Every year, as part of their coursework, students from the University of Warsaw, Poland get to work under the supervision of engineers from the NVIDIA Warsaw office on challenging problems in deep learning and accelerated computing. We present the work of three M.Sc. students—Alicja Ziarko, Paweł Pawlik, and Michał Siennicki—who managed to significantly reduce the latency in TorToiSe, a multi-stage, diffusion-based, text-to-speech (TTS) model.
Alicja, Paweł, and Michał first learned about the recent advancements in speech synthesis and diffusion models. They chose the combination of classifier-free guidance and progressive distillation, which performs well in computer vision, and adapted it to speech synthesis, achieving a 5x reduction in diffusion latency without a regression in speech quality. Small perceptual speech tests confirmed the results. Notably, this approach does not require costly training from scratch of the original model.
Since the publication of WaveNet in 2016, neural networks have become the primary models for speech synthesis. In simple applications, such as synthesis for AI-based voice assistants, synthetic voices are almost indistinguishable from human speech. Such voices can be synthesized orders of magnitudes faster than real time, for instance with the NVIDIA NeMo AI toolkit.
However, achieving high expressivity or imitating a voice based on a few seconds of recorded speech (few-shot) is still considered challenging.
Denoising Diffusion Probabilistic Models (DDPMs) emerged as a generative technique that enables the generation of images of great quality and expressivity based on input text. DDPMs can be readily applied to TTS because a frequency-based spectrogram, which graphically represents a speech signal, can be processed like an image.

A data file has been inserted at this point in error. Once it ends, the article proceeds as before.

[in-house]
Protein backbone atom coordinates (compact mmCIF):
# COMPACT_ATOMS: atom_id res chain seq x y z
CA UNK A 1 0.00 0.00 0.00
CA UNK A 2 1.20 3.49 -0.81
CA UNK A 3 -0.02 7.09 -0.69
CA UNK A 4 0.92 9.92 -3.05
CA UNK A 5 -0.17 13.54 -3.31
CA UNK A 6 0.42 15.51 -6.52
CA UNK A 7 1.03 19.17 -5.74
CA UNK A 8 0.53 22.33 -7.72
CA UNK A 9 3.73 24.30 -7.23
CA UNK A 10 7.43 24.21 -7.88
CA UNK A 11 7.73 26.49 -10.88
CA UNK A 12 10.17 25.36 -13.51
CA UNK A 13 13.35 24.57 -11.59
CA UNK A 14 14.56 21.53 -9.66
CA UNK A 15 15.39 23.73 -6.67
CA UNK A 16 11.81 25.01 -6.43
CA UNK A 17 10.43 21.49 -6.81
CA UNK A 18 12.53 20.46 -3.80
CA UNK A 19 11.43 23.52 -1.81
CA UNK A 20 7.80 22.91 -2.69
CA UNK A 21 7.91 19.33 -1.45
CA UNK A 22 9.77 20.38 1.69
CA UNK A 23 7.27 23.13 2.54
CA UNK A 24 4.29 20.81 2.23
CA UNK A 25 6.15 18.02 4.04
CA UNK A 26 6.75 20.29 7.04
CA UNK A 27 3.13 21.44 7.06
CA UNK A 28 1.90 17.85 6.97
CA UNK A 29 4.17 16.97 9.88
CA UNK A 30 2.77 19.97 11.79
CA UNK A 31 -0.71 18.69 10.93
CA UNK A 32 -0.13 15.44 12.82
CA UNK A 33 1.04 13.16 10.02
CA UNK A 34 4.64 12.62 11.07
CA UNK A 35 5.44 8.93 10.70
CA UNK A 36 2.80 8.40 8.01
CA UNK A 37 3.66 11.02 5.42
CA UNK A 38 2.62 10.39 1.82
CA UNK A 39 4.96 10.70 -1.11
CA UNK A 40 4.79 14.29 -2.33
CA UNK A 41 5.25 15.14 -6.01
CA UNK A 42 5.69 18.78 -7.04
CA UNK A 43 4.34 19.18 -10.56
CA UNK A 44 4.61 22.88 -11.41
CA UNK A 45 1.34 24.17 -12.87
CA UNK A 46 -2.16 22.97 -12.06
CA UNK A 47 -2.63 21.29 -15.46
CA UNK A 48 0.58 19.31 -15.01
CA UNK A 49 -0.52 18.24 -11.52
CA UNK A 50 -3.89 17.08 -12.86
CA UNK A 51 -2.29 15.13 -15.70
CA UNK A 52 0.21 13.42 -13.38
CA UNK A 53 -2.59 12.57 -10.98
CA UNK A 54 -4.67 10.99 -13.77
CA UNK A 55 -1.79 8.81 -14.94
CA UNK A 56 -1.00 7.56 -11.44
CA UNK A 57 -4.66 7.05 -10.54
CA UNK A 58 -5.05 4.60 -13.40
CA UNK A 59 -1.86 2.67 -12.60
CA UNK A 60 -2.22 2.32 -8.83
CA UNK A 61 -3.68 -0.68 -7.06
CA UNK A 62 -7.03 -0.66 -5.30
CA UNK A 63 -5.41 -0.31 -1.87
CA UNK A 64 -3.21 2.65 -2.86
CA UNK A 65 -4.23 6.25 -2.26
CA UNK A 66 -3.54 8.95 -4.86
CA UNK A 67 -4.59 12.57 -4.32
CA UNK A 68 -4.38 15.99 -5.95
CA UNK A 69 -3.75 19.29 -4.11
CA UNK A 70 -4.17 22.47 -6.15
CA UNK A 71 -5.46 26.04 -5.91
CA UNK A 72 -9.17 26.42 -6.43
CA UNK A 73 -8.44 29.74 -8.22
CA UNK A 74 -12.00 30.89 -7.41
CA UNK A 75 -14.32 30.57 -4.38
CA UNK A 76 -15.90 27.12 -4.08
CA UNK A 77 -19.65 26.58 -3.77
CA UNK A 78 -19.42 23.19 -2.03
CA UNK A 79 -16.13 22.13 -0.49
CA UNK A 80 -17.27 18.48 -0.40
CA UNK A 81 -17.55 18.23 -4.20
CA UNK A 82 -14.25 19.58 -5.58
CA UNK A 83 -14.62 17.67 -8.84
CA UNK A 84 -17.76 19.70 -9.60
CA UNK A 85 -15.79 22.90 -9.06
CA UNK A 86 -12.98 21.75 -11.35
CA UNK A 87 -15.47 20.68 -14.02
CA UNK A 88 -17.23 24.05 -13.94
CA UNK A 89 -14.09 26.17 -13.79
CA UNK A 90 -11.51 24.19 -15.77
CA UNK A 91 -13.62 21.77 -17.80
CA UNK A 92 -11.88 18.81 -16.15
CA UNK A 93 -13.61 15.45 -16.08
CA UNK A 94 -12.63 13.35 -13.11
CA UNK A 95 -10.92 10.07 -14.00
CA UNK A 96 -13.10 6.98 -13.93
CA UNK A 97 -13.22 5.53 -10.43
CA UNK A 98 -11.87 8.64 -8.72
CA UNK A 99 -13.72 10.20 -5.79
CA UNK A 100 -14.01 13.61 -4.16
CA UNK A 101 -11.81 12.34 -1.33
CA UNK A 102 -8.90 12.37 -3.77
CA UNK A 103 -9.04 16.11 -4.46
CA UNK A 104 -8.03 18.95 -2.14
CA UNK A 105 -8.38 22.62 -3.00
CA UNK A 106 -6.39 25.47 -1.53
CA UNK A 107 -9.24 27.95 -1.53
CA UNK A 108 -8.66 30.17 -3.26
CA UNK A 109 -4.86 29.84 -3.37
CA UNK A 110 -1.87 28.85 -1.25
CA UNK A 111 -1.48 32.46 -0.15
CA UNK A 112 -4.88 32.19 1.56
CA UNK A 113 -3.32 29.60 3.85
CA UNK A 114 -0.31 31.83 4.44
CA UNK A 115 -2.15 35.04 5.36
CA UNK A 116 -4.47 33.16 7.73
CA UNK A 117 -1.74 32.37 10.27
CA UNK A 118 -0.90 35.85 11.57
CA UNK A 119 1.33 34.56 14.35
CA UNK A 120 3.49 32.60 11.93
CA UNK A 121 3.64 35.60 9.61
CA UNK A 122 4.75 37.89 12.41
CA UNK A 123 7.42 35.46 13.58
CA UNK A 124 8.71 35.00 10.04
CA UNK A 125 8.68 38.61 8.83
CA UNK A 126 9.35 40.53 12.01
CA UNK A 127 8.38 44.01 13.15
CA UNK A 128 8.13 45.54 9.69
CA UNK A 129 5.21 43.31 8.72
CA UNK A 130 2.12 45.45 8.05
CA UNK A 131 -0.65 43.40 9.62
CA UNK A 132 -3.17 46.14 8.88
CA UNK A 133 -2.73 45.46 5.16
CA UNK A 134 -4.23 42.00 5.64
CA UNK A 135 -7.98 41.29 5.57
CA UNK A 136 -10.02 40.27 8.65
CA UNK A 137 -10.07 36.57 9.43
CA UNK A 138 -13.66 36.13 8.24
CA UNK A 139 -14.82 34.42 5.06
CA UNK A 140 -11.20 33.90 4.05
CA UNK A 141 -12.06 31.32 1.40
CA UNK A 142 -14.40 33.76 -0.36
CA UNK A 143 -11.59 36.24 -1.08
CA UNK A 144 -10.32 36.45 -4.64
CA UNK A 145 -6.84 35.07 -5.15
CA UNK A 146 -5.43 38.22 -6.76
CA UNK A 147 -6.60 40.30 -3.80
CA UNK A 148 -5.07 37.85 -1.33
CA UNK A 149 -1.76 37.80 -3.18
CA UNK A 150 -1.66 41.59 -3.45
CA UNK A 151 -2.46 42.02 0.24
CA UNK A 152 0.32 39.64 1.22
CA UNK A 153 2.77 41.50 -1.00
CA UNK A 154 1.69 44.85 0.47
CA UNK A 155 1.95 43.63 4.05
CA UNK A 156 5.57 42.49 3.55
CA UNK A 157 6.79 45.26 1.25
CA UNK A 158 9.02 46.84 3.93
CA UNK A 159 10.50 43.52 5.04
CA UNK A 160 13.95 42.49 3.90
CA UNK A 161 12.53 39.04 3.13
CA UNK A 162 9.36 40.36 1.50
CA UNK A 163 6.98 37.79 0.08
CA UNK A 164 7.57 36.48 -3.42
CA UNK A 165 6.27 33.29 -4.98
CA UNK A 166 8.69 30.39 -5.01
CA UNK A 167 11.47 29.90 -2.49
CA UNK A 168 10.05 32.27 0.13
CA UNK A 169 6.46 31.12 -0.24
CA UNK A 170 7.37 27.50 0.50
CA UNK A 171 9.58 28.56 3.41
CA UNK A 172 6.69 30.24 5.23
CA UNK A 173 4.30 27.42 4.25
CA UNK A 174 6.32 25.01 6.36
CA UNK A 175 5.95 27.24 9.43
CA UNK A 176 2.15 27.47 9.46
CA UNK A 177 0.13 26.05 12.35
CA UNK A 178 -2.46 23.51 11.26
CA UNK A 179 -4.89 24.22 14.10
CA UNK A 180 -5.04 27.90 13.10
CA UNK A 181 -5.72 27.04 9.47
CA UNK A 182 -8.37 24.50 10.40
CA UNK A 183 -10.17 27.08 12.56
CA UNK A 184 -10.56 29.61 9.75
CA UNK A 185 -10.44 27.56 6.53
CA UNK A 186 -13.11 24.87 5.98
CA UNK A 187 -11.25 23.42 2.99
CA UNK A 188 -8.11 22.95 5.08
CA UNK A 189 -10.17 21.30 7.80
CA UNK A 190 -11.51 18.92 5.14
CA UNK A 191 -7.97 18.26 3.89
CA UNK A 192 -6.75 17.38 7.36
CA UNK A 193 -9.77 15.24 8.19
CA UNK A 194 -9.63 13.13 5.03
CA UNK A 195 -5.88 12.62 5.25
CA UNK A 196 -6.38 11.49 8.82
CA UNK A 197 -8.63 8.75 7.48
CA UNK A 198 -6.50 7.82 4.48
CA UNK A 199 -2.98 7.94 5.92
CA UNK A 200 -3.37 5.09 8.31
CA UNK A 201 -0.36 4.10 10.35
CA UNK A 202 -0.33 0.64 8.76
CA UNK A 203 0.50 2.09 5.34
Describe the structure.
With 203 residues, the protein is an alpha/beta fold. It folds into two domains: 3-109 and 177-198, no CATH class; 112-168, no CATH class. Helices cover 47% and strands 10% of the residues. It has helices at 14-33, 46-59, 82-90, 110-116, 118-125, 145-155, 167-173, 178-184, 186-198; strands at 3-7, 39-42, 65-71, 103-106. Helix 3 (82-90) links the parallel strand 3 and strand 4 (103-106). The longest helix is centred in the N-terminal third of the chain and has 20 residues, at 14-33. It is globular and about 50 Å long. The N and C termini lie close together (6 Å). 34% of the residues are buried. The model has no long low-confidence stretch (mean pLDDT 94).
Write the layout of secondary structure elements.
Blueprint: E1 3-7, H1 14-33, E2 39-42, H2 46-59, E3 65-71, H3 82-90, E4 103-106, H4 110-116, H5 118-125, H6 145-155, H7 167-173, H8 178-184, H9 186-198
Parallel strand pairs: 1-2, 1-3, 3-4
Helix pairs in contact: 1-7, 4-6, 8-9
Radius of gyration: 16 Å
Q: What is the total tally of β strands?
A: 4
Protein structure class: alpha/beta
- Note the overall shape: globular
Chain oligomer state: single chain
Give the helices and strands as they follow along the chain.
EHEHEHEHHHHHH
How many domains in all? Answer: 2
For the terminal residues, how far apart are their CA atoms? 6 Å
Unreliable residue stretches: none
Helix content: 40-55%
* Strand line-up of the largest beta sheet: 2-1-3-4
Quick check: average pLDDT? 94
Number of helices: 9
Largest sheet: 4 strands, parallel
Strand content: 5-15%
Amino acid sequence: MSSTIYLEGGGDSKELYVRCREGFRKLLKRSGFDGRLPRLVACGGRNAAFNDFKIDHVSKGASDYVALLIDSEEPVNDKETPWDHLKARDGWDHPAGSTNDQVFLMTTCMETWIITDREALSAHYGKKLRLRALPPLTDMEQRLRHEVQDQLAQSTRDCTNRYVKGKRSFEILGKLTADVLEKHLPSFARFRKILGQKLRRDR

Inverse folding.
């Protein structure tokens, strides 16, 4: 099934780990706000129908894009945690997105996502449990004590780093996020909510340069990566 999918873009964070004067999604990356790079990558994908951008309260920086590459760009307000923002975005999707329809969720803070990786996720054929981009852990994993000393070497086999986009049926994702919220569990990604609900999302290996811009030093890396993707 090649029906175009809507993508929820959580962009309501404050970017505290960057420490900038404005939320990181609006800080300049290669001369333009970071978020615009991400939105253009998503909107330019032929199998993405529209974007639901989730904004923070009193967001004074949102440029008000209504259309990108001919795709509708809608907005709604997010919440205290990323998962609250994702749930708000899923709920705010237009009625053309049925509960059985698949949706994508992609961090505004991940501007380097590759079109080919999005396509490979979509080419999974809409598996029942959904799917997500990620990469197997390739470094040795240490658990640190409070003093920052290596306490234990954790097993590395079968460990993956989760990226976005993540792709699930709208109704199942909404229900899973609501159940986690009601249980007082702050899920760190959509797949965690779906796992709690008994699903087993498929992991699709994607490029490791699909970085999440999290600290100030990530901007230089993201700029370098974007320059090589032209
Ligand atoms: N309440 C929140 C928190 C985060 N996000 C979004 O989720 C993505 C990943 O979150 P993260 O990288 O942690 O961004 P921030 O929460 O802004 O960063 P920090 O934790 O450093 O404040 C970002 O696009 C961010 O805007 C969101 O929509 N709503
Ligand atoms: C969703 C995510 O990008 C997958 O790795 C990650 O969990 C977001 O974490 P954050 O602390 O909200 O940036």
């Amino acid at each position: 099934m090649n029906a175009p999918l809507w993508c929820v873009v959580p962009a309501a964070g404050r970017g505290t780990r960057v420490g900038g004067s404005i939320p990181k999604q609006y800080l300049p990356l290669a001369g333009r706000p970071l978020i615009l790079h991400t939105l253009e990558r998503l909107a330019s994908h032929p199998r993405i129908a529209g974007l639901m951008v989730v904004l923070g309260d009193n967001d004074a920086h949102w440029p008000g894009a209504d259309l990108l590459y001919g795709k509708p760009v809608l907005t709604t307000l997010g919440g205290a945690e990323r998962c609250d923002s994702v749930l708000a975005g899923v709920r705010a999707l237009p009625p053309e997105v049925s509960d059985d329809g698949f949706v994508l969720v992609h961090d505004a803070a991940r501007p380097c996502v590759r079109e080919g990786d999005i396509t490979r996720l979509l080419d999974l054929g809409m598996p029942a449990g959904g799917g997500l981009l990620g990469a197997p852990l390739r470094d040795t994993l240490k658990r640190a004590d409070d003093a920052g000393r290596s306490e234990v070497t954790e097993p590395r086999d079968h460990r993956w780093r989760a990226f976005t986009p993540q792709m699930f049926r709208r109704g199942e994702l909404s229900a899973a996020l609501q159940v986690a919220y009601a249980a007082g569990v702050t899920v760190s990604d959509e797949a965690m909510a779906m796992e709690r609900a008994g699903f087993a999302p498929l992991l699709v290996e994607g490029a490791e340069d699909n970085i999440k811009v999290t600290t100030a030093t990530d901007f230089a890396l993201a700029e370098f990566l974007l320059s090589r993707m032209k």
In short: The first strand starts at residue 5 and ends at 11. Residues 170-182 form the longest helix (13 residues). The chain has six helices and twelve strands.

For instance, in TorToiSe, which is a guided diffusion-based TTS model, a spectrogram is generated by combining the results of two diffusion models (Figure 1). The iterative diffusion process involves hundreds of steps to achieve a high-quality output, significantly increasing latency compared to state-of-the-art TTS methods, which severely limits its applications.
In Figure 1, the unconditional diffusion model iteratively refines the initial noise until a high-quality spectrogram is obtained. The second diffusion model is further conditioned on the text embeddings produced by the language model.
Methods for speeding up diffusion
Existing latency reduction techniques in diffusion-based TTS can be divided into training-free and training-based methods.
Training-free methods do not involve training the network used to generate images by reversing the diffusion process. Instead, they only focus on optimizing the multi-step diffusion process. The diffusion process can be seen as solving ODE/SDE equations, so one way to optimize it is to create a better solver like DDPM, DDIM, and DPM, which lowers the number of diffusion steps. Parallel sampling methods, such as those based on Picard iterations or Normalizing Flows, can parallelize the diffusion process to benefit from parallel computing on GPUs.
Training-based methods focus on optimizing the network used in the diffusion process. The network can be pruned, quantized, or sparsified, and then fine-tuned for higher accuracy. Alternatively, its neural architecture can be changed manually or automatically using NAS. Knowledge distillation techniques enable distilling the student network from the teacher network to reduce the number of steps in the diffusion process.